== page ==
Last winter the Science Channel broadcast a program about Helium Three [He3]. It’s an essential ingredient in the development of nuclear fusion and nuclear fusion is, according to many scientists, our next step when it comes to powering our cities and, maybe one day, our cars. IF we can figure out how to do it. And, with lots of HE3 available, we just might.
The sun has been steadily churning out HE3 since it first turned on 4.5 billion years ago. The earth, though, has a magnetic field that has effectively shielded the planet from all that HE3. The moon and Mars don’t have magnetic fields and are literally covered in HE3 dust.
So, the Science Channel reported that the Moon and Mars are covered in this stuff. So what?
Well, my first thought when I saw it was, ‘We’re off to the races and we’re going to make the 1st space race look like a stroll in the park.' After all, that was just politically motivated. But this time thar’s MONEY on them thar planets! The tax payers will foot the bill to get there and the CEO’s will make the profits. What could be better?
Sure enough, toward the end, the program trotted out several men who are high-up muckity-mucks in the energy industry to get their thoughts on these facts. One went so far as to call the Moon the next Middle East. Oh, wonderful—just what we need. Star Wars.
Then, several weeks ago, I heard Bush going on and on about funding NASA at levels we haven’t seen since the original space race. He talked about colonizing the Moon and Mars.
He was careful not to mention HE3 or mining but, if you had watched the program on the Science Channel it was easy to see what he’s up to: His family is in the oil business. But we’re running out of oil. So, he’s positioning his family to be involved early-on with the next major energy commodity that HE sees as important. Is it a relatively low-cost, renewable resource that can be harvested here on earth? Not on your life! It’s the most expensive, hard-to-get-at product out there—after all, we don’t want the equivalent of bathtub gin that anyone can make and even sell back to the grid. He and his family and the other uber-rich folks want something that the rest of us have to buy from them.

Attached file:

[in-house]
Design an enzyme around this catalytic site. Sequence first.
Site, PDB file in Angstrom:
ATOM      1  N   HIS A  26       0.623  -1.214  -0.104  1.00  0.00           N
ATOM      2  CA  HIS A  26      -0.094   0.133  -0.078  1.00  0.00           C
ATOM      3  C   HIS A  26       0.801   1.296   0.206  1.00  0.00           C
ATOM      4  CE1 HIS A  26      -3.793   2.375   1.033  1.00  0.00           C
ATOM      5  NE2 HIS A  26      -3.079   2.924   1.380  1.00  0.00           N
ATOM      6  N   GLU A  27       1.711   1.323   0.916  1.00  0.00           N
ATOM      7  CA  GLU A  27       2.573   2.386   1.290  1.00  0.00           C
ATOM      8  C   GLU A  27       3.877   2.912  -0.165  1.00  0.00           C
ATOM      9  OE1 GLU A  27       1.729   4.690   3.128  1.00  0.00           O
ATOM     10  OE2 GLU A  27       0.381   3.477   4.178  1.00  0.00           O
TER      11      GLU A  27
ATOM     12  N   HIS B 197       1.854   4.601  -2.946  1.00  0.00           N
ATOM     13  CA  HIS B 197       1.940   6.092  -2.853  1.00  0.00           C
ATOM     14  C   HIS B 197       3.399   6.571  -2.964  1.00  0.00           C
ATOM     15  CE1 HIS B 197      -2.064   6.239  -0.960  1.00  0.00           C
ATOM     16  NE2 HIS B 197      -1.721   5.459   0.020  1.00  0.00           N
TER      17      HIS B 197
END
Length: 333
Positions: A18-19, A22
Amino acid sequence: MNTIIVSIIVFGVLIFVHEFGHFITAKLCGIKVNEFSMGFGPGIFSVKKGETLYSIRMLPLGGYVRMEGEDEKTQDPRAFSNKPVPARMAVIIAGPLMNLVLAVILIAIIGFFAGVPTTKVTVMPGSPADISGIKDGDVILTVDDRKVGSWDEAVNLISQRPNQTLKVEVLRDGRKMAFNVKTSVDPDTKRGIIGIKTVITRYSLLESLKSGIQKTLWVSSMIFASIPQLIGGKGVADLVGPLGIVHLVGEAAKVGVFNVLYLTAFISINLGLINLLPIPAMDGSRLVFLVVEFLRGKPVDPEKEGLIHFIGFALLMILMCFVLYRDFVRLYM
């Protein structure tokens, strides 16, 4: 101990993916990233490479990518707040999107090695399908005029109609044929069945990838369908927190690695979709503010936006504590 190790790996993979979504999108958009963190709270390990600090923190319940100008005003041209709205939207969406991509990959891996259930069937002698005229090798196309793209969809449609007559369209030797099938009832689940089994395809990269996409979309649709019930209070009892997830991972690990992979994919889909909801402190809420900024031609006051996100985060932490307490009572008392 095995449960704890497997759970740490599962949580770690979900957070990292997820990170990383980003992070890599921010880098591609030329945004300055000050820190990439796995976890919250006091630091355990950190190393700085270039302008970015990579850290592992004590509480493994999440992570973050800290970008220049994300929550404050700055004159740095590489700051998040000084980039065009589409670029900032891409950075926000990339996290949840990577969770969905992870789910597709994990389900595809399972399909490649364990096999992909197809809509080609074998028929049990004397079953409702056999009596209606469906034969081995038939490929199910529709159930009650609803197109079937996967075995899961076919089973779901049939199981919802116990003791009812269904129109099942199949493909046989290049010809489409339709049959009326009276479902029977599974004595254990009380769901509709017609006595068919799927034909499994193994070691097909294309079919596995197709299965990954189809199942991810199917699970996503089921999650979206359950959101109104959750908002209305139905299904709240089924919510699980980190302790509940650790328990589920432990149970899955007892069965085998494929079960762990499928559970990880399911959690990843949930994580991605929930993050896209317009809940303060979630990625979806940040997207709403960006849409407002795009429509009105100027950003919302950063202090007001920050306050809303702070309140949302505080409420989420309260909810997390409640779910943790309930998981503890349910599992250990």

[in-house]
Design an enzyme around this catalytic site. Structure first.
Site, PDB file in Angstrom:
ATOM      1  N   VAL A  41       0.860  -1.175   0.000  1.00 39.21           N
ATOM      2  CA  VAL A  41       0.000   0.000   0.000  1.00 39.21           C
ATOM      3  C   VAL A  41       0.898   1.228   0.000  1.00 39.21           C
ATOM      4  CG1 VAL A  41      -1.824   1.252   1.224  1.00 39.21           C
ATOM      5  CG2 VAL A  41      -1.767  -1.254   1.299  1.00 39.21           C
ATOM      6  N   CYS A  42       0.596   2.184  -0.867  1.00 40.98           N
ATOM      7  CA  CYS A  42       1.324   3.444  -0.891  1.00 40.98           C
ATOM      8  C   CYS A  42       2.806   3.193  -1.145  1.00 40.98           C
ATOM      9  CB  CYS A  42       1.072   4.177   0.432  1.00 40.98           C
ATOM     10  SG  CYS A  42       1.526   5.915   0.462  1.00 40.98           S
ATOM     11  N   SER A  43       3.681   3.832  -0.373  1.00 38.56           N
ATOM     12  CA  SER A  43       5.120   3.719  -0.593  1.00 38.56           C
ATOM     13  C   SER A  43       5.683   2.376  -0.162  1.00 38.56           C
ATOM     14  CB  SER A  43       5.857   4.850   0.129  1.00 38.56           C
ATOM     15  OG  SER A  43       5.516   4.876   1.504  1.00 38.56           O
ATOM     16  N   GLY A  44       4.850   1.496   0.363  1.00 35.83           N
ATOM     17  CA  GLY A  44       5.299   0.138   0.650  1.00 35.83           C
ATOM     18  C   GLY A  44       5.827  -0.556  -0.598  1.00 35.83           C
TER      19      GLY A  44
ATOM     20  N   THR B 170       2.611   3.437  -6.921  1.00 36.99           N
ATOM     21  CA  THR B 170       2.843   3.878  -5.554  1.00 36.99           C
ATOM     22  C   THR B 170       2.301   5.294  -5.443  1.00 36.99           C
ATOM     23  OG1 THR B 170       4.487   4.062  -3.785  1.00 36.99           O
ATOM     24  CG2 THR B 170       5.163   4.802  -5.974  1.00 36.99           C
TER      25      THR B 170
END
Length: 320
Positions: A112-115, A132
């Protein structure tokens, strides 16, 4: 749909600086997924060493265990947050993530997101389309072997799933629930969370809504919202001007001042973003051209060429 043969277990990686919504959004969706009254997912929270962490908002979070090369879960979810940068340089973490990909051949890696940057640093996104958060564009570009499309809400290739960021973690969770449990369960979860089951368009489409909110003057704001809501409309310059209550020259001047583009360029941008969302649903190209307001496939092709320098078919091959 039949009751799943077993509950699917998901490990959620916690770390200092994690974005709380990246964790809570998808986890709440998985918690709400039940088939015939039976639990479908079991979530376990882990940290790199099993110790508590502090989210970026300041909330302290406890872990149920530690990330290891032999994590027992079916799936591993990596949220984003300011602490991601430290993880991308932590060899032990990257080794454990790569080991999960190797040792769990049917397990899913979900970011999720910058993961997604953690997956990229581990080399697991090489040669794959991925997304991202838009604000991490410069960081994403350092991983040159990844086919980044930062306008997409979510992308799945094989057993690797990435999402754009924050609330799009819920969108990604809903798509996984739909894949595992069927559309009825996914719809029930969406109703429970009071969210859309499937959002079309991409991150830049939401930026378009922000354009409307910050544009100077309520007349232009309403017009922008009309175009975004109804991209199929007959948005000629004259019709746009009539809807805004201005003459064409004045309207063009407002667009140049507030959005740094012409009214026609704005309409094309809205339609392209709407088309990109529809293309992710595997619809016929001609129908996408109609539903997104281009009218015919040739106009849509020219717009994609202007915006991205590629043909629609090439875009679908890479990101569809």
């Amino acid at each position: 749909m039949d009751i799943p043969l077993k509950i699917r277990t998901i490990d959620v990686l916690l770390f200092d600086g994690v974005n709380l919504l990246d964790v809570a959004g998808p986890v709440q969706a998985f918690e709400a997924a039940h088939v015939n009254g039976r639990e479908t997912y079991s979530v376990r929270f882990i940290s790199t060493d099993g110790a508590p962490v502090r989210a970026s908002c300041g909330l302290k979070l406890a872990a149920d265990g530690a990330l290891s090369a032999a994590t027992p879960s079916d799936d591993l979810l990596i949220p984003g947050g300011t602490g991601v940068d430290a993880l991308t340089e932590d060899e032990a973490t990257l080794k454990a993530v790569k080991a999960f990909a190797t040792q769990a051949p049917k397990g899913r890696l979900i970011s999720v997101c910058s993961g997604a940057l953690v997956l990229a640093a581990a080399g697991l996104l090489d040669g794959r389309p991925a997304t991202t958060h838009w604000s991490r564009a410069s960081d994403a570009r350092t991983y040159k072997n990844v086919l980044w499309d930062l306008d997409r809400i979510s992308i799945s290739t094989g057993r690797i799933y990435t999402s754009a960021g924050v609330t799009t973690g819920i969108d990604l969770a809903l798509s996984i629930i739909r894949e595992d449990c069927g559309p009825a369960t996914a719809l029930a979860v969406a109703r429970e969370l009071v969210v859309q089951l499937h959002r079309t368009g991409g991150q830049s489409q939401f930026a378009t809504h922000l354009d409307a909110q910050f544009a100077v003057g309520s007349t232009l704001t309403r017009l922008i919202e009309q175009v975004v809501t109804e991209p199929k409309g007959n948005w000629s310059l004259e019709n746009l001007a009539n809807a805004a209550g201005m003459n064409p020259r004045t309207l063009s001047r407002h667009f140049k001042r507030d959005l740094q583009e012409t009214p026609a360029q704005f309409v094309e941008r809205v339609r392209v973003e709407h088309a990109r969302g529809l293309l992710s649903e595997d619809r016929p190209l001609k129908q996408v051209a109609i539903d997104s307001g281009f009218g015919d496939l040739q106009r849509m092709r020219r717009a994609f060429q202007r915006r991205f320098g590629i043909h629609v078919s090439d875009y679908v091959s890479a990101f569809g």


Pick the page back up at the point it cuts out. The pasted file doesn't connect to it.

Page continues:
And, tonight, I saw Phase 3: Sixty Minutes either wittingly or unwittingly [my guess is they knew exactly what they were doing—they’re lots smarter than Bush is, fwiw] was gushing on and on about colonizing the Moon and Mars. They dressed the whole thing up in romantic clothing but, bank on it, the government wouldn’t be spending all this money on going back into space in a big way if there wasn’t something in it for them.
Sixty Minutes was sent out as an advance guard to convince the rest of us that this is a Good Idea.
btw—on the first program I saw—and blogged on [I’m going to hunt down that article and repost it sometime soon] there was one lone scientist who begged us to look at the unintended consequences we’ve encountered when we’ve galloped off in all directions in the past—before we do it again.
And, tonight, 60 Minutes trotted out the opposition [one senator] to suggest that taking on this formidable task when our country is in the toilet economically might not be the best use of our scarce resources. Not surprisingly, he got about ½ minute air time—in a 20-minute segment.
We’re heading out to mine the Moon and Mars, folks. And nothing’s gonna stop us [and China, and Russia, and Japan, and India, and Saudi Arabia, and Iraq, and Jordan, and Israel, and Britain, et al.] and Star Wars here we come, ready or not.
Another btw: in that first blog post, I talked about buying an acre plot on the Moon. They ARE available for sale for about $37 per acre, if memory serves. I bought 2 for myself and several for friends when I first heard about this plan to strip mine the Moon. I think it’s time to buy a few more—soon—before the government puts a stop to such sales. Right now it’s legal and mining rights are included. But who knows how long that will last with this push starting up in earnest?
Get ‘em before they become too hot folks. They could be worth quite a bit of money down the road.